key it a four-legged robot capable of moving autonomously through any environment that needs to be surveyed or mapped. “We tell them what they have to do, right? But it is true that they can work alone. That is the objective, that they work alone, that they help them in dangerous places, where there are toxic, flammable, where putting the person is a danger”, says Irene Gómez, CEO and co-founder of Keybotic, creators of Keyper.
Artificial intelligence is one of the hot topics among the more than 700 technology companies participating this year in Four Years From Now (4YFN), the startup hall of the Mobile World Congress in Barcelona.
Experts point to 2023 as a turning point in the advancement of technologies such as natural language processing, image recognition and data analysis.
And this is beginning to be noticed in companies and individuals who can make more efficient use of data and automate tasks that were previously done manually. For example, a robot capable of making a quick evaluation of the symptoms and assessing the urgency of a person who goes to a hospital.
“In this case, artificial intelligence works like a chatbot and what it does is select the best question to ask the patient to reach the results screen faster,” explains Pau Rocas, Director of Business Development at Mediktor.
Or another programmed to adapt its trajectory to catch a specific object. There are many examples of artificial intelligence with an air of science fiction in the corridors of the Mobile World Congress.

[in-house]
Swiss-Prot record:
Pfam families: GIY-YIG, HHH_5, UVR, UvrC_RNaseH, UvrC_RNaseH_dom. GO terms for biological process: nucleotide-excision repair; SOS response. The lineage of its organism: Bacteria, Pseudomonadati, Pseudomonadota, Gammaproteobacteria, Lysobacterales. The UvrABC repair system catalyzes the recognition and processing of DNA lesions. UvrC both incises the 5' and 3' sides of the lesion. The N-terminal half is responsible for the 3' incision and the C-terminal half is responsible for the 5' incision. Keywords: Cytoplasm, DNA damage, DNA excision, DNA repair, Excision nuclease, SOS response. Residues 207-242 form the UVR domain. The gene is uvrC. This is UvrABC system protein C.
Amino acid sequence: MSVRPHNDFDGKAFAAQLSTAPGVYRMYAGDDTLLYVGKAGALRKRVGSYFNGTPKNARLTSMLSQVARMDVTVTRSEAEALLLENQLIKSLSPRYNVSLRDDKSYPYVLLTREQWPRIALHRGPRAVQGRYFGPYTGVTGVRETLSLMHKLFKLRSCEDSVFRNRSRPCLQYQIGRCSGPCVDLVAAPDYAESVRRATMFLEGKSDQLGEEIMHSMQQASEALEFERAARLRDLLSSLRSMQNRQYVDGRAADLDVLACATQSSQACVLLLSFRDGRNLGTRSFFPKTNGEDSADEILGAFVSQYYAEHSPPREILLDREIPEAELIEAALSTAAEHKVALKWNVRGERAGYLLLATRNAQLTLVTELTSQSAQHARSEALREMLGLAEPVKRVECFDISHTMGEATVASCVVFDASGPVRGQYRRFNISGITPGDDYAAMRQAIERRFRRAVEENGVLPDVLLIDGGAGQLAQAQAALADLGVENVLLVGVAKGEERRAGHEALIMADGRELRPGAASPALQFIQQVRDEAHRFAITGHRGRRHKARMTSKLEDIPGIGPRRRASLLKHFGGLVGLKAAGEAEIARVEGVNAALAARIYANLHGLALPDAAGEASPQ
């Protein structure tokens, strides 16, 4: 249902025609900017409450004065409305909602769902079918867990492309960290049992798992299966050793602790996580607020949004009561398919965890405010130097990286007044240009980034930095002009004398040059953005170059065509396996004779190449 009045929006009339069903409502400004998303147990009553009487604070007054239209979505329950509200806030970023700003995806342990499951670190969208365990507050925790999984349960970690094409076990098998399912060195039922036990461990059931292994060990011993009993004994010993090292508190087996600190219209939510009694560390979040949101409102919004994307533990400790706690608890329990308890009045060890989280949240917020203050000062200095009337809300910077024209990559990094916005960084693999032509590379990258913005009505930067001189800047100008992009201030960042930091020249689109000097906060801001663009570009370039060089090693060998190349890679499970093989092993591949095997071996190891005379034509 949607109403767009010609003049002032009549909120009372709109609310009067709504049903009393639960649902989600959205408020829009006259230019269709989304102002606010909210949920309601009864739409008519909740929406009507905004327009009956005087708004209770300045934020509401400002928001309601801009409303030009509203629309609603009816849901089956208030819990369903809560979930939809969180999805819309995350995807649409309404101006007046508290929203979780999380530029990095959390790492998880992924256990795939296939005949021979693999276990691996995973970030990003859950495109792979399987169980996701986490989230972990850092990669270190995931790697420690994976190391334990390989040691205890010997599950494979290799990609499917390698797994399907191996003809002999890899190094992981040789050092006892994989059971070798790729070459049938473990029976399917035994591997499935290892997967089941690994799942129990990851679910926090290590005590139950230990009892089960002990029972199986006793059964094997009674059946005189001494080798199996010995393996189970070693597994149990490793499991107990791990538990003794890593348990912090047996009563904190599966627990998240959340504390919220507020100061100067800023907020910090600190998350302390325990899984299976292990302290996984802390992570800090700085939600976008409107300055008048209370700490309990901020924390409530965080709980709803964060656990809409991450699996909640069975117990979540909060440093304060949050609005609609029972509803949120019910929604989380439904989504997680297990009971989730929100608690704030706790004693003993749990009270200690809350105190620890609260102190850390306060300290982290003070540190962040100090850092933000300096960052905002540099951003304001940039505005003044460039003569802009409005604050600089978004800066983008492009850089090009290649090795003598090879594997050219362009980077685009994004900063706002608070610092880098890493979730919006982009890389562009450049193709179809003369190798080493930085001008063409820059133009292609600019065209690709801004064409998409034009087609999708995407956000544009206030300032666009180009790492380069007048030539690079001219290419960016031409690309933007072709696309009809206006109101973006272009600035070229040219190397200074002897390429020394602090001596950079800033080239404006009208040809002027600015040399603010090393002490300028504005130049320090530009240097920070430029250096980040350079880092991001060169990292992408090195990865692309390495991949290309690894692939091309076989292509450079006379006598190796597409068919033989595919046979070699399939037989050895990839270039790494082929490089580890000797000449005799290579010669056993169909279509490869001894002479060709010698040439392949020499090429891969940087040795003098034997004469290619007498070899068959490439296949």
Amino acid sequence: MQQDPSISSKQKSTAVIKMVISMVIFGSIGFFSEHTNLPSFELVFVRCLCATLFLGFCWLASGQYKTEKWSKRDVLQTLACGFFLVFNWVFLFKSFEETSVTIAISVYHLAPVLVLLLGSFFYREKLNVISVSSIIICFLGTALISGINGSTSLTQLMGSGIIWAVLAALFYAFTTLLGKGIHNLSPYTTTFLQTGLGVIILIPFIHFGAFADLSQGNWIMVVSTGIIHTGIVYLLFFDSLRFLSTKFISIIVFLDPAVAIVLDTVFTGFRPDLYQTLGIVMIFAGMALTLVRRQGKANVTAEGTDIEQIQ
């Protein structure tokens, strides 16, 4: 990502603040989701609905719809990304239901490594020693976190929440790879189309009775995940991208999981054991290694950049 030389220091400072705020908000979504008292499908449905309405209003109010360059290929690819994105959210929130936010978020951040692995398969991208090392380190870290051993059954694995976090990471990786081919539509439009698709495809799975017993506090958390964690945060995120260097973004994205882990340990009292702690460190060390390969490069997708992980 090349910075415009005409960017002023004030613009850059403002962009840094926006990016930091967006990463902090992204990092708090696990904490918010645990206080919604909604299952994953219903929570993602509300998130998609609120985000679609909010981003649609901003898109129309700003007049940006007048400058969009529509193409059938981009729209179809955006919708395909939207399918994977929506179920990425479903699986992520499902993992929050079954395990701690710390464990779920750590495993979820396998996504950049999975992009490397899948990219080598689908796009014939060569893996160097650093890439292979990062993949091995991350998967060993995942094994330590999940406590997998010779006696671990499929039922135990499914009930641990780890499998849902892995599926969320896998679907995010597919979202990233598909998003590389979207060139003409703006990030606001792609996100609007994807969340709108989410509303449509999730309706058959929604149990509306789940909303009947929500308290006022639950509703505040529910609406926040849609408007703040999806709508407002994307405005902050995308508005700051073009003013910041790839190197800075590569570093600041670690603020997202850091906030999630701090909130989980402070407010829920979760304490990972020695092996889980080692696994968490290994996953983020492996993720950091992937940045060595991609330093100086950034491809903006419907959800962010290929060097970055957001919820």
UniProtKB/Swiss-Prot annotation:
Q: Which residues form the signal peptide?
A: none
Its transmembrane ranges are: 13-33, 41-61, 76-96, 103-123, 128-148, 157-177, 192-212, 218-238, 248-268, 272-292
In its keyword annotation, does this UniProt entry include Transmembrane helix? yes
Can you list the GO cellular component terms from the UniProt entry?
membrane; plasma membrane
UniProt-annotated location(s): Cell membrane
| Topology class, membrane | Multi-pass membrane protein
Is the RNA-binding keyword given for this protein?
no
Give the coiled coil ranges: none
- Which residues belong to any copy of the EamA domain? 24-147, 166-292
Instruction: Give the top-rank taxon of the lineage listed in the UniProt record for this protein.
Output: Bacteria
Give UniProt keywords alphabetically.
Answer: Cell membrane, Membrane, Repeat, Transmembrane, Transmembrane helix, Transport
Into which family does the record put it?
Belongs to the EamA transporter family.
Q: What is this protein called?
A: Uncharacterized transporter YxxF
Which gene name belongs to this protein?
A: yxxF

With a selfie, an automatic learning technology is capable of making a diagnosis in 30 seconds of my state of health from a comparison with another 40,000 patients scanning features imperceptible to the human eye but not to artificial intelligence.
But can machines think for themselves? Can they question the functions for which they have been programmed?
Making humans better, giving them more information, that’s a definite plus for anything artificial intelligence can give. Trust is something else. We tend to know when we are interacting with a machine. If I’m using chat, if I’m using Amazon, if I’m using services like these, I know as a human that I’m interacting with a machine. I think the evolution of AI is when, as we’ve discussed today at MWC, we don’t know if we’re interacting with the machine or not.. That also raises huge trust issues,” said David Shepherd, Vice President of Ivanti.
Experts agree that artificial intelligence is not evolving to be better than us but to make our lives better.like a robot programmed to accompany elderly people.
“Many people ask us, they don’t tell us if we put robots in homes. The people who do this work are going to be unemployed, right? We do not intend to replace anyone. The robot today is a support both for the family and for the caregiver as well as for the elderly person who is alone. It is a continuation and attention 24 hours a day, Unfortunately, it is impossible for us to do it without these personal assistants”, says Nuria Pascual, Product Manager at Somcare Group Saltò.
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